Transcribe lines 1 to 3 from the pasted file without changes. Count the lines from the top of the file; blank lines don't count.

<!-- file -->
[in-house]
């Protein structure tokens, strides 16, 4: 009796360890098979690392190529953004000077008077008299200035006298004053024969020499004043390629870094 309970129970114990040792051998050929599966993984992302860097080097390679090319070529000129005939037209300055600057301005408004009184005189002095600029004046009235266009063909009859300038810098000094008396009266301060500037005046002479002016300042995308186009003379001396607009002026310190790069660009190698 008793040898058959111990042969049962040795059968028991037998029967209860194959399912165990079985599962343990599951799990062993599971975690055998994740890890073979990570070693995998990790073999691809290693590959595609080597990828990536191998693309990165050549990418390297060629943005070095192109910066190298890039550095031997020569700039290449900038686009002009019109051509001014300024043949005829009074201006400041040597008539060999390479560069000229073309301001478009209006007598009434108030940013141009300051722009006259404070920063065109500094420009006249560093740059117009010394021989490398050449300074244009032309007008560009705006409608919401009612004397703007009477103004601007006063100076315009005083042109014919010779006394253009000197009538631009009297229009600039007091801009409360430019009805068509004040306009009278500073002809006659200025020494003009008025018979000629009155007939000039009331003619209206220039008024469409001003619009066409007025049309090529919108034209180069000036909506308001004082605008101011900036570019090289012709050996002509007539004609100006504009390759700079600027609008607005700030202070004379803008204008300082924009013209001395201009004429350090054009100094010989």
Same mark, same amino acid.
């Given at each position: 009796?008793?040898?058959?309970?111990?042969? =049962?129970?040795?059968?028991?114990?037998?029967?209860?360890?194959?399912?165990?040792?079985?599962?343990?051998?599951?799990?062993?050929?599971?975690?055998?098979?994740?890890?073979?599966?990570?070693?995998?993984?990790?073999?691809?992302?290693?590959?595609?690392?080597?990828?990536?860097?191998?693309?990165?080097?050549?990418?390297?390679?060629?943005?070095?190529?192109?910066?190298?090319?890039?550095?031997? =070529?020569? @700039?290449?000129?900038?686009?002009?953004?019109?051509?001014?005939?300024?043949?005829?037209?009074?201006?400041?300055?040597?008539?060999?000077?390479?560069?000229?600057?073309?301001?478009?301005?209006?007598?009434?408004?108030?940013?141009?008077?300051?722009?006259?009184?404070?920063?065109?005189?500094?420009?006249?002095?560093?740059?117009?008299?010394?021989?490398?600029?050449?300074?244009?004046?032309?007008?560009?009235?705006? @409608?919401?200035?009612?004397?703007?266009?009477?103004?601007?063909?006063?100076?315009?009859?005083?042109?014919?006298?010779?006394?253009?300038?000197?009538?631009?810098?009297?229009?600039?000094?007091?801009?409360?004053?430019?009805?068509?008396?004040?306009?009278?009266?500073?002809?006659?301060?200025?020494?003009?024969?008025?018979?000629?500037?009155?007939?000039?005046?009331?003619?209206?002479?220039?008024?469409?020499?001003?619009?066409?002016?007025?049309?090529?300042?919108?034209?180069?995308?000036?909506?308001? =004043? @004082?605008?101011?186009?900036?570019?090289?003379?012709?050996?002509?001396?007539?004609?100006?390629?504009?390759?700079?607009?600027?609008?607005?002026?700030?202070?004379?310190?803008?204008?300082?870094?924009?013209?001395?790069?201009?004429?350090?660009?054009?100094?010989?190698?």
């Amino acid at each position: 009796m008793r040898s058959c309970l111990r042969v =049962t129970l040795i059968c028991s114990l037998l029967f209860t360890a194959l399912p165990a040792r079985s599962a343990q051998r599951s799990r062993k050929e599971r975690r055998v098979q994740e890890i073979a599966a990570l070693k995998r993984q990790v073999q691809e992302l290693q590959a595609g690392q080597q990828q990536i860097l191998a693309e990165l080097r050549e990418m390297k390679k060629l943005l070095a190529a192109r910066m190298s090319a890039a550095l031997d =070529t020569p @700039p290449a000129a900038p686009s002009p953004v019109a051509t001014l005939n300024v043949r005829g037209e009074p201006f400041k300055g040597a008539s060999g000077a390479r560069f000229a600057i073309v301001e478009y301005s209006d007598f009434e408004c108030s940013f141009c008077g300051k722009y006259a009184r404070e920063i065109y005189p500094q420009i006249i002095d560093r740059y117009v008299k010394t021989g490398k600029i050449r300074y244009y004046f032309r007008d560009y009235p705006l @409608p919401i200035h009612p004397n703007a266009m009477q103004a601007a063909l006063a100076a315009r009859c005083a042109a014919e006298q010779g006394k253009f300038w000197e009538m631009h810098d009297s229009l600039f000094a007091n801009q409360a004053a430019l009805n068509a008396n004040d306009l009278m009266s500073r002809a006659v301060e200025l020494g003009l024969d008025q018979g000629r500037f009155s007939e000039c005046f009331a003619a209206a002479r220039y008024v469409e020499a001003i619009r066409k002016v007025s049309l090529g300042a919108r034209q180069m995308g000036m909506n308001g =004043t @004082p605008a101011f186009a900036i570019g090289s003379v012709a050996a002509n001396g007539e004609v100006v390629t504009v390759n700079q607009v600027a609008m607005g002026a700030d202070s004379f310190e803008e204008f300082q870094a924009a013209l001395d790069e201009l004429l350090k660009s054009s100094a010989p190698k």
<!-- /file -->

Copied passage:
[in-house]
């Protein structure tokens, strides 16, 4: 009796360890098979690392190529953004000077008077008299200035006298004053024969020499004043390629870094 309970129970114990040792051998050929599966993984992302860097080097390679090319070529000129005939037209300055600057301005408004009184005189002095600029004046009235266009063909009859300038810098000094008396009266301060500037005046002479002016300042995308186009003379001396607009002026310190790069660009190698 008793040898058959111990042969049962040795059968028991037998029967209860194959399912165990079985599962343990599951799990062993599971975690055998994740890890073979990570070693995998990790073999691809290693590959595609080597990828990536191998693309990165050549990418390297060629943005070095192109910066190298890039550095031997020569700039290449900038686009002009019109051509001014300024043949005829009074201006400041040597008539060999390479560069000229073309301001478009209006007598009434108030940013141009300051722009006259404070920063065109500094420009006249560093740059117009010394021989490398050449300074244009032309007008560009705006409608919401009612004397703007009477103004601007006063100076315009005083042109014919010779006394253009000197009538631009009297229009600039007091801009409360430019009805068509004040306009009278500073002809006659200025020494003009008025018979000629009155007939000039009331003619209206220039008024469409001003619009066409007025049309090529919108034209180069000036909506308001004082605008101011900036570019090289012709050996002509007539004609100006504009390759700079600027609008607005700030202070004379803008204008300082924009013209001395201009004429350090054009100094010989």
Same mark, same amino acid.